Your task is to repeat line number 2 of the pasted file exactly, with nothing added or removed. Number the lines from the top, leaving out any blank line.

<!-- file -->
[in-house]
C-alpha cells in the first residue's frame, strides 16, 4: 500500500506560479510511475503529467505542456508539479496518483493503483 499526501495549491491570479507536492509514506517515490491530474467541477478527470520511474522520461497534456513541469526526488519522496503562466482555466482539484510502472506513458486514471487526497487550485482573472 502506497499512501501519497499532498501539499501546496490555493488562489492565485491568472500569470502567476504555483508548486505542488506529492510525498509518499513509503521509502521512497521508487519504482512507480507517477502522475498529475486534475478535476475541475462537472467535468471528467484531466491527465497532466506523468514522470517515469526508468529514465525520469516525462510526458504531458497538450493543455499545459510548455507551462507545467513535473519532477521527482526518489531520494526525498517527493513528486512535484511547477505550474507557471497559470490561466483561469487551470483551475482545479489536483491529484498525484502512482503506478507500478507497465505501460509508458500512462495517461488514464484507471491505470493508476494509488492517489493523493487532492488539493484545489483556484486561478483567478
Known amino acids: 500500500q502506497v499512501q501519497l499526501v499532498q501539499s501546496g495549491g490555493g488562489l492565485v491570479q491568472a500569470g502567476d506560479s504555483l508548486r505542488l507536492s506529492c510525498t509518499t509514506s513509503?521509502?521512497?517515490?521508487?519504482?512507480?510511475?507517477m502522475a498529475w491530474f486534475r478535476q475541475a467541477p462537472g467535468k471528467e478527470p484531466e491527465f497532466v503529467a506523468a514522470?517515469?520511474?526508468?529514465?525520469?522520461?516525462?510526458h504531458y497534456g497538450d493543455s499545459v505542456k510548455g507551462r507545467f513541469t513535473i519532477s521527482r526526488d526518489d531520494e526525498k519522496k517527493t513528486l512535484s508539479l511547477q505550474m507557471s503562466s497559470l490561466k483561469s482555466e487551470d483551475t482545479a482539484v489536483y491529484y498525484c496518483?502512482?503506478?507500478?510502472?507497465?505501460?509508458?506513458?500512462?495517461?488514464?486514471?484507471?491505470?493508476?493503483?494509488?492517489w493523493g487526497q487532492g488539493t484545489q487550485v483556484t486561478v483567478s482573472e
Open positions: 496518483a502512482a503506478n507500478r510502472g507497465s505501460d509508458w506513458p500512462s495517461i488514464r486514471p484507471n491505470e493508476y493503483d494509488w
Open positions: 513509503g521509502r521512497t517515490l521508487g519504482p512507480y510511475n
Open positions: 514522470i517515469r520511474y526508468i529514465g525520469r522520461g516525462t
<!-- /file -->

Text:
C-alpha cells in the first residue's frame, strides 16, 4: 500500500506560479510511475503529467505542456508539479496518483493503483 499526501495549491491570479507536492509514506517515490491530474467541477478527470520511474522520461497534456513541469526526488519522496503562466482555466482539484510502472506513458486514471487526497487550485482573472 502506497499512501501519497499532498501539499501546496490555493488562489492565485491568472500569470502567476504555483508548486505542488506529492510525498509518499513509503521509502521512497521508487519504482512507480507517477502522475498529475486534475478535476475541475462537472467535468471528467484531466491527465497532466506523468514522470517515469526508468529514465525520469516525462510526458504531458497538450493543455499545459510548455507551462507545467513535473519532477521527482526518489531520494526525498517527493513528486512535484511547477505550474507557471497559470490561466483561469487551470483551475482545479489536483491529484498525484502512482503506478507500478507497465505501460509508458500512462495517461488514464484507471491505470493508476494509488492517489493523493487532492488539493484545489483556484486561478483567478